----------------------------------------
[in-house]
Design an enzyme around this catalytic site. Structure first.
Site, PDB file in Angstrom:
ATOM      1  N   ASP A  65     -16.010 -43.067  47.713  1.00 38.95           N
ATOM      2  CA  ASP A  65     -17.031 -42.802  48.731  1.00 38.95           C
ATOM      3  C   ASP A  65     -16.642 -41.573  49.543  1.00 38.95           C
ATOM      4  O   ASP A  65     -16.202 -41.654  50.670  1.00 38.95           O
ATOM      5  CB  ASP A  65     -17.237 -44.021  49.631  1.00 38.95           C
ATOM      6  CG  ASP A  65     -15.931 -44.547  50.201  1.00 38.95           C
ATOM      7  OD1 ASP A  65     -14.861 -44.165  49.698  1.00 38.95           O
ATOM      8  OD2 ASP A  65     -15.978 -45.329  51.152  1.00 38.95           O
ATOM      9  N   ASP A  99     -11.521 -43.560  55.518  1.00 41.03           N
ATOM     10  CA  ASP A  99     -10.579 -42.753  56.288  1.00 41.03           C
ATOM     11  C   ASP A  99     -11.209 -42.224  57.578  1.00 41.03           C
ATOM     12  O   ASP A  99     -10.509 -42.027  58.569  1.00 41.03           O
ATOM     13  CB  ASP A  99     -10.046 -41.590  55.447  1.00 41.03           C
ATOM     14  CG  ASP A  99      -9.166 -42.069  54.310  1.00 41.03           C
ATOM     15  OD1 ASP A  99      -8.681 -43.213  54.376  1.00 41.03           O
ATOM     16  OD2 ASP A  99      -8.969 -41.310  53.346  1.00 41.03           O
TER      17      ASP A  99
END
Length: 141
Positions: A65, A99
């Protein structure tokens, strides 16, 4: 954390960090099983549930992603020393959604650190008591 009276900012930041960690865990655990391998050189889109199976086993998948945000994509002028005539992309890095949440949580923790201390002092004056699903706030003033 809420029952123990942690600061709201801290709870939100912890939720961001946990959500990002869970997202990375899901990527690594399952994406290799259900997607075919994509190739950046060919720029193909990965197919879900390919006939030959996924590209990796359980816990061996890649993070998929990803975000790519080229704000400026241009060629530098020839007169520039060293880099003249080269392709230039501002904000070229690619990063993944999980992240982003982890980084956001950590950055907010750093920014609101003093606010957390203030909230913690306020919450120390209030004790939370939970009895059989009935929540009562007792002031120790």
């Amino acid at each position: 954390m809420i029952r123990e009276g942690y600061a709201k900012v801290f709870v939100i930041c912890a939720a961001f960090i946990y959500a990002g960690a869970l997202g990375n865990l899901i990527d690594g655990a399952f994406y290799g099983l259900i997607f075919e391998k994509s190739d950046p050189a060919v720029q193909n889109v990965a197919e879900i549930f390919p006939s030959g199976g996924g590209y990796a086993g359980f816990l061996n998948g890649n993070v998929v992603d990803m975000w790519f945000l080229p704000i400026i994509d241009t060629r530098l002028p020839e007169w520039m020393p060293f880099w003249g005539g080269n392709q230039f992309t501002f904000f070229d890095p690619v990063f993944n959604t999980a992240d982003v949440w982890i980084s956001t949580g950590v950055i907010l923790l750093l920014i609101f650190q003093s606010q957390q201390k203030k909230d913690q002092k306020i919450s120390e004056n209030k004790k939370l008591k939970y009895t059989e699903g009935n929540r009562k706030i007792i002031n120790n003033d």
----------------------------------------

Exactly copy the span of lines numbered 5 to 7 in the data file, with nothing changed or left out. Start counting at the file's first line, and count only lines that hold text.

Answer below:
ATOM      2  CA  ASP A  65     -17.031 -42.802  48.731  1.00 38.95           C
ATOM      3  C   ASP A  65     -16.642 -41.573  49.543  1.00 38.95           C
ATOM      4  O   ASP A  65     -16.202 -41.654  50.670  1.00 38.95           O